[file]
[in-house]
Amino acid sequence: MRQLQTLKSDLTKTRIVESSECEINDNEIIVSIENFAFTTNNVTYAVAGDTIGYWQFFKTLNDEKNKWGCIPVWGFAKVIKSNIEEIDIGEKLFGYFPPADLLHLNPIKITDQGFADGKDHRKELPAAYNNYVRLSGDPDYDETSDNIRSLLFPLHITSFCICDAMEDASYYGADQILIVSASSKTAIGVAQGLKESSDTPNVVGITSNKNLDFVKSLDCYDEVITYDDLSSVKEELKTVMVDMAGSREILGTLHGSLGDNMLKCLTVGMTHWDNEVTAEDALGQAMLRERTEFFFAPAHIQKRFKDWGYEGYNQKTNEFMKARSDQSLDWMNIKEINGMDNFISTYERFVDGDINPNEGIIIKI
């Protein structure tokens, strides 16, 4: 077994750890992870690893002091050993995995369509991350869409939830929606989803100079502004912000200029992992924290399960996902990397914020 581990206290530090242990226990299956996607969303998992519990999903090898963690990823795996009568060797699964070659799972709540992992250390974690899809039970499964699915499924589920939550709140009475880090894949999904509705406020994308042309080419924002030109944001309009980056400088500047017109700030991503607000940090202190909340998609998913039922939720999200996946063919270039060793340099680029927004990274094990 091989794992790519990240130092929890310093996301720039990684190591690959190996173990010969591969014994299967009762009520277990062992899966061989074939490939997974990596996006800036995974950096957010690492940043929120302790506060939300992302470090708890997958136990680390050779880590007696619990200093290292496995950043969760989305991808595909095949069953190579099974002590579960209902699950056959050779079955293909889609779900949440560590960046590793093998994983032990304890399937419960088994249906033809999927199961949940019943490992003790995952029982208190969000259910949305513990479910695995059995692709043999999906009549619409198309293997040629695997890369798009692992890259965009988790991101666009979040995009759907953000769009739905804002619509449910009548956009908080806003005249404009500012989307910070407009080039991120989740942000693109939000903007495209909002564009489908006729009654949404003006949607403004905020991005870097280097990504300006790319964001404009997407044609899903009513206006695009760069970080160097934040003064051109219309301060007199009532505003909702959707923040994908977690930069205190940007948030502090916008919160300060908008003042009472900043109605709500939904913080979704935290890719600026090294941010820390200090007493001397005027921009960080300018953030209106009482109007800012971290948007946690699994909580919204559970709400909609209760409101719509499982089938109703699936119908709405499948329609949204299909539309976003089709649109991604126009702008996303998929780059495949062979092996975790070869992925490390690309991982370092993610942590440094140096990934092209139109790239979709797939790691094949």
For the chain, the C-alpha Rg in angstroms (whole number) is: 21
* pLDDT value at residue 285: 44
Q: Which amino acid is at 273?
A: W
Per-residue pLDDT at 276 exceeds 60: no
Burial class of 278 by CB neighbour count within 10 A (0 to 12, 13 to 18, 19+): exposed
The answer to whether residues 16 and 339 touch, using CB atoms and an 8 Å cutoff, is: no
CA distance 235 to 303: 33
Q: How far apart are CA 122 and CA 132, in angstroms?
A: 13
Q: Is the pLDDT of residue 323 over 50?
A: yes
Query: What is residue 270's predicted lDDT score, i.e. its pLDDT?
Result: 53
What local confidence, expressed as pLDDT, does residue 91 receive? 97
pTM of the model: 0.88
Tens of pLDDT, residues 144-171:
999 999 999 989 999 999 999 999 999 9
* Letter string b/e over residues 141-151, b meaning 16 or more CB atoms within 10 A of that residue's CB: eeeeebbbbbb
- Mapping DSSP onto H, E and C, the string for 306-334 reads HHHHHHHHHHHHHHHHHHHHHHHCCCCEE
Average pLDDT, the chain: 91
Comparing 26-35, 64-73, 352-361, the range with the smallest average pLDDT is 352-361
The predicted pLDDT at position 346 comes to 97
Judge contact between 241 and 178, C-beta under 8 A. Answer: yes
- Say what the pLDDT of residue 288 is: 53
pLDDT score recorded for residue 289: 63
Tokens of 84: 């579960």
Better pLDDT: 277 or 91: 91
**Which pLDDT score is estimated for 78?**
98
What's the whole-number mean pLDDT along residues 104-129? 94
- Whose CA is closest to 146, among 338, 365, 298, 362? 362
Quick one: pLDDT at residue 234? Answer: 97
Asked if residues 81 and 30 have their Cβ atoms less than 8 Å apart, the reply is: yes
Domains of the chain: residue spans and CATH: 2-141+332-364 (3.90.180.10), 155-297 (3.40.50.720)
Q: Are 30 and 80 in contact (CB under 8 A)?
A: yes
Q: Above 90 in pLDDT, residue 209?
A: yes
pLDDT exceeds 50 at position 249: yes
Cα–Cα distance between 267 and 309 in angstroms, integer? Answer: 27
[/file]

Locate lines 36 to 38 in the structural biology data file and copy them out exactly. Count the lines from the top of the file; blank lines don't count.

Quick one: pLDDT at residue 234? Answer: 97
Asked if residues 81 and 30 have their Cβ atoms less than 8 Å apart, the reply is: yes
Domains of the chain: residue spans and CATH: 2-141+332-364 (3.90.180.10), 155-297 (3.40.50.720)